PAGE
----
People are buying up gold as an investment, and trying to stave off inflation as the pandemic wreaks havoc on economies.
The uncertainty amid the novel coronavirus pandemic has caused a surge in the price of gold, reaching more than $1,700 per ounce (33.1 grammes) which at the start of the year hovered around $1,500.
Many countries are desperately trying to apply measures that can stem the economic bleeding from the pandemic lockdown, including stimulus packages or bailouts for businesses.
Amid the uncertainty, people have started to buy gold to avoid the negative effects of inflation or because they see it as a sound financial investment during a crisis.
According to a recent Bank of America Corporation (BofA) report ‘The Fed can’t print gold’, the price of one ounce of gold will hit $3,000 in 18 months.
This estimate is 56 percent higher than gold’s historic record in September 2011 when the price peaked at $1,921.
Analysts in the report said: “As economic output contracts sharply, fiscal outlays surge, and central bank balance sheets double, fiat currencies could come under pressure.”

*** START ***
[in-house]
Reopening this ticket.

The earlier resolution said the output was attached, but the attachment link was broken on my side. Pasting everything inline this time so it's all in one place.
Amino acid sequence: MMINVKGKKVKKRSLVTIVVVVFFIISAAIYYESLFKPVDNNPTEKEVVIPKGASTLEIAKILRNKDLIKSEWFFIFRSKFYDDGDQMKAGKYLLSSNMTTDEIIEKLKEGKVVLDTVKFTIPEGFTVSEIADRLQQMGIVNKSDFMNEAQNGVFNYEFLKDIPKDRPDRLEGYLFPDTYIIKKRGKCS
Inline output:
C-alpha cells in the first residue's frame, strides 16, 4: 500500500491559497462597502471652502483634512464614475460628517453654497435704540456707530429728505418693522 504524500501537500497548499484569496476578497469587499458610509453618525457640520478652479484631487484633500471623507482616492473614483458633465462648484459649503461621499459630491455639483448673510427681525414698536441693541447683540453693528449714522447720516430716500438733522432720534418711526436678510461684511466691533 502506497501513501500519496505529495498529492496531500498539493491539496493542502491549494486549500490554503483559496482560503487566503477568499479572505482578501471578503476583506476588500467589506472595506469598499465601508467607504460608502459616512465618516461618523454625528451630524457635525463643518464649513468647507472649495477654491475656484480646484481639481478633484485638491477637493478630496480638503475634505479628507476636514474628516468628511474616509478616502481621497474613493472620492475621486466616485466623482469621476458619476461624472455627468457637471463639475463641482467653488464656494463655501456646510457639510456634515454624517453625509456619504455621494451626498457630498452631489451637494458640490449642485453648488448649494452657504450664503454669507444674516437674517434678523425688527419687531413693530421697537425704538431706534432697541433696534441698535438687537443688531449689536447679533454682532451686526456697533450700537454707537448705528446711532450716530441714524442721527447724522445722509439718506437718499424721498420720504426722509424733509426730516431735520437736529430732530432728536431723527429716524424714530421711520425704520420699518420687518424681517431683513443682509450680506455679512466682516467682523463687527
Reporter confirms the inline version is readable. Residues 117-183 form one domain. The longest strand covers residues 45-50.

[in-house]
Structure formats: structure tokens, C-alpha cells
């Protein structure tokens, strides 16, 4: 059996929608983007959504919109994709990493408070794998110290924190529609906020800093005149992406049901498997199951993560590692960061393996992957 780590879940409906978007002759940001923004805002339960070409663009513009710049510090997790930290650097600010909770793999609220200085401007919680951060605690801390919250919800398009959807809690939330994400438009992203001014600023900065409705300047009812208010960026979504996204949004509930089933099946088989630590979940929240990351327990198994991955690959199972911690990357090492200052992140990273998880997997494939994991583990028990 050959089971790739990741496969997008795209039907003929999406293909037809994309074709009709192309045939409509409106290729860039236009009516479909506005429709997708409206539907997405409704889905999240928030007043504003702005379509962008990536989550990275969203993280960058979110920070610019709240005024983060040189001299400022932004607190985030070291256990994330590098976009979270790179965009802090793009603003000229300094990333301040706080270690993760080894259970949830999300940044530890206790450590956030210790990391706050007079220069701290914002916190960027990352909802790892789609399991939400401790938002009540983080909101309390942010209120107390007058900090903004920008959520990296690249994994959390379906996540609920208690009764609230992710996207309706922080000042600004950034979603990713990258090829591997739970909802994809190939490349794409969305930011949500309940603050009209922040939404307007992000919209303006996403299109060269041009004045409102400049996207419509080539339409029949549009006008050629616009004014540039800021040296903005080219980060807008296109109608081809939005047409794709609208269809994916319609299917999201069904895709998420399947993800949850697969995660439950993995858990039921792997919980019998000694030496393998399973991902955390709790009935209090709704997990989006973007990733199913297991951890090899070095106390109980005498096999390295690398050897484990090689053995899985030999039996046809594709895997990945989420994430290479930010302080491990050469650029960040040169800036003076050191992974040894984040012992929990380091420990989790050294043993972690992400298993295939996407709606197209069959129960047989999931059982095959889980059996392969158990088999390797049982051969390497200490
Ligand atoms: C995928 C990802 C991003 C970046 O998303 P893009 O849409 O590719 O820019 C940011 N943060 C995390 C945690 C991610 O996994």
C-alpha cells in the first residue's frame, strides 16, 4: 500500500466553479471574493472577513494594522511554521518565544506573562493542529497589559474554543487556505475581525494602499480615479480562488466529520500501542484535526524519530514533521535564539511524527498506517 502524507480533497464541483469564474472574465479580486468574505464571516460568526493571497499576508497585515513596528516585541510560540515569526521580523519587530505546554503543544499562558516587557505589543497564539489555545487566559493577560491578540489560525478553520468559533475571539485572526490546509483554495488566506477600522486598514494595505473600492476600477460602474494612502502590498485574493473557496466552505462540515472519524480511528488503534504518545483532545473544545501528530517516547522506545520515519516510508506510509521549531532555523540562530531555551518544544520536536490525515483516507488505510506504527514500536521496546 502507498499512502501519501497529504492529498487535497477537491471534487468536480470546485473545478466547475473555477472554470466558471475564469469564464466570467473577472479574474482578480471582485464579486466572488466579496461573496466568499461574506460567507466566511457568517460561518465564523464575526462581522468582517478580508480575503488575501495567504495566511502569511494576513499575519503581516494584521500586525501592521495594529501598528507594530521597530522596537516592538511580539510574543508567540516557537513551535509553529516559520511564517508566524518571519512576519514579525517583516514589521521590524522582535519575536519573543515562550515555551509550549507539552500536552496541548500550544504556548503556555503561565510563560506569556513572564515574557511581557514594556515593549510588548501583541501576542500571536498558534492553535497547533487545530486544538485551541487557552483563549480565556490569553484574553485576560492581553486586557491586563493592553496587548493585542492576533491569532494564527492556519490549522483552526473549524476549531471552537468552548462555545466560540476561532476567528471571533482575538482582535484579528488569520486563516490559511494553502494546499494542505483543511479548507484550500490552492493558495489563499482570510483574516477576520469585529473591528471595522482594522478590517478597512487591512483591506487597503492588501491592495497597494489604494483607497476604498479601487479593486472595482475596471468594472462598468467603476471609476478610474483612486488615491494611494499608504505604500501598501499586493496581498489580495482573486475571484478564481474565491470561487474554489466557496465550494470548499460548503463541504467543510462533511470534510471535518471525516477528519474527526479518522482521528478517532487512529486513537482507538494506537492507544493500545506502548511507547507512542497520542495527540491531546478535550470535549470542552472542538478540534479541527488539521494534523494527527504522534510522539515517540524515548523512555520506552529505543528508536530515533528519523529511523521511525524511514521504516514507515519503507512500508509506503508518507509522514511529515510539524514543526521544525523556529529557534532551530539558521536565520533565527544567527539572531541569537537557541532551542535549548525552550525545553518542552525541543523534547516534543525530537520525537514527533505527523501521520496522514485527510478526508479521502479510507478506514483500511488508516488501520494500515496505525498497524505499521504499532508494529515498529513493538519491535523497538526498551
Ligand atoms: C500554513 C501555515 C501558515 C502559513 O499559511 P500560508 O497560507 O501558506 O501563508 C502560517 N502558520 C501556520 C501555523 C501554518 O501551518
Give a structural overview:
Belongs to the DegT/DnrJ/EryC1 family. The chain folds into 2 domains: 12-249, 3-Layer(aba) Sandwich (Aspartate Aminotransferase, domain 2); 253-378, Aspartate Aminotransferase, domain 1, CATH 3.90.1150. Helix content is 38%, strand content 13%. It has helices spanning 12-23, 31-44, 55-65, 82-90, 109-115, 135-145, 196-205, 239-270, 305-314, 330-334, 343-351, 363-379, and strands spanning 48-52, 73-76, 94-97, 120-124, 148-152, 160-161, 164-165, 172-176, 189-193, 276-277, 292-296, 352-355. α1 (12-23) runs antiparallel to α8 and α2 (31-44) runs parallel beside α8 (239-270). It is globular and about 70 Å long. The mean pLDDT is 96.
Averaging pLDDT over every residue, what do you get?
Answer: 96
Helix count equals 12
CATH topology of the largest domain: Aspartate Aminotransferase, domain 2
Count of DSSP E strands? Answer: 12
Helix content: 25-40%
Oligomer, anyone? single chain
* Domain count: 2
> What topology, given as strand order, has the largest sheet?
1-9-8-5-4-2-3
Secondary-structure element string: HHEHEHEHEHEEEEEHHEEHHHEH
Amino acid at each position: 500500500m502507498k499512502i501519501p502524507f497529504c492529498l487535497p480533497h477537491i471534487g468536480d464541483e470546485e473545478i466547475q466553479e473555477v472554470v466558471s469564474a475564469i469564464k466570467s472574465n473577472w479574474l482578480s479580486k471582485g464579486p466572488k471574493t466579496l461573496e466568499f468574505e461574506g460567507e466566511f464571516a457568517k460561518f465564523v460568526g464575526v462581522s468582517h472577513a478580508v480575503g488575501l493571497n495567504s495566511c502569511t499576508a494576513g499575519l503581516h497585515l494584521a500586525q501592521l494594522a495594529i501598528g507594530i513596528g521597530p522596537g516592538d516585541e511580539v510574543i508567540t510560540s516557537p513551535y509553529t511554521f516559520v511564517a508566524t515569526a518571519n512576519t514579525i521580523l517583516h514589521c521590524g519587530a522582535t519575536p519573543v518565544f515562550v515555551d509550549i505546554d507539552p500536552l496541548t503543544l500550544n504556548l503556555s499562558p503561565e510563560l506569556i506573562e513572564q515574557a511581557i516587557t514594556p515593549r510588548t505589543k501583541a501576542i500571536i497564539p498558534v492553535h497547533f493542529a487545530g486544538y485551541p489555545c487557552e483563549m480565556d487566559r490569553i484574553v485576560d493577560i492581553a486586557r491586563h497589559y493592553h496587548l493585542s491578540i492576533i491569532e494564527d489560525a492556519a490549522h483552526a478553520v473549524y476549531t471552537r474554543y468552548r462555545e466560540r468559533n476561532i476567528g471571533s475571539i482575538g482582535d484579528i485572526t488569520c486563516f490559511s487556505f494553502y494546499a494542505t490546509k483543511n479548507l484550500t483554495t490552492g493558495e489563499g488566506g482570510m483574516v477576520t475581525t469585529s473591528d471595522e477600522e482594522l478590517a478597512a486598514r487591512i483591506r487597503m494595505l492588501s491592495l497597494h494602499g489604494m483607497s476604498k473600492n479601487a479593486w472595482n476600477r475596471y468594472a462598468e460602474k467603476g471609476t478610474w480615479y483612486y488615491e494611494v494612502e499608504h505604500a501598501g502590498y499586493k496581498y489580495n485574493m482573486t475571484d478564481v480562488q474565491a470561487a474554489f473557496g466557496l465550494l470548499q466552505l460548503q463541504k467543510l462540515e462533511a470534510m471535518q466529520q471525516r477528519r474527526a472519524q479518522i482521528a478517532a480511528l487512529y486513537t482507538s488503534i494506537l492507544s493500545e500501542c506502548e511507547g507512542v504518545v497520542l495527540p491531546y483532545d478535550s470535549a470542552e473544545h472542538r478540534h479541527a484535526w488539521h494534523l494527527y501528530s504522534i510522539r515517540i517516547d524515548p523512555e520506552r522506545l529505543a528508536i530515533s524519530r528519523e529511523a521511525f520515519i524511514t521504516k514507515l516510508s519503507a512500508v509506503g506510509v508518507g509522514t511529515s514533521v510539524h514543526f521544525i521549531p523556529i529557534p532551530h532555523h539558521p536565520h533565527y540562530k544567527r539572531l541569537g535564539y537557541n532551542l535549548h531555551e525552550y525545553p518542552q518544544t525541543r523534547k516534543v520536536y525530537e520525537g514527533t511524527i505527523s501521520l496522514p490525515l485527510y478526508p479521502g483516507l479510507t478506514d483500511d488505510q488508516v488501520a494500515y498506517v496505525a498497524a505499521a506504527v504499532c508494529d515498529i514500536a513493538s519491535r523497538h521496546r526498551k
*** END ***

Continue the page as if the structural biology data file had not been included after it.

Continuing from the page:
Taking all these reasons into consideration “investors will aim for gold” the report said.
On the other hand, BofA expects the price of gold to be at $1,695 on average for this year. For 2021, the average will be $2,063.
According to BofA analysts, the demand for jewellery is set to plunge as consumers try to save cash. Weakened purchasing power in India and China will continue to put pressure on the metal even when the global economy has recovered from the pandemic.
“But beyond traditional gold supply and demand fundamentals, financial repression is back on an extraordinary scale,” the report added.
Why gold is seen as a safe bet
There are several reasons that people invest in gold as an inflation hedge to an investment medium during crisis times.
From the Egyptians to the Inca civilisation, gold has been seen as an extremely valuable commodity.
Gold differs from other metals in terms of durability over time which means other metals prone to corrode over time whereas gold is one of the least reactive metals.
Gold became universally accepted as a medium of payment throughout history and is seen as a favourable hedge against inflation. It is perceived as a good investment against a declining currency.
For example, the value of gold has increased nearly seven times since the beginning of the Millenium.
Moreover the supply of gold, which comes from mining, has levelled off since 2016 which also increases its price.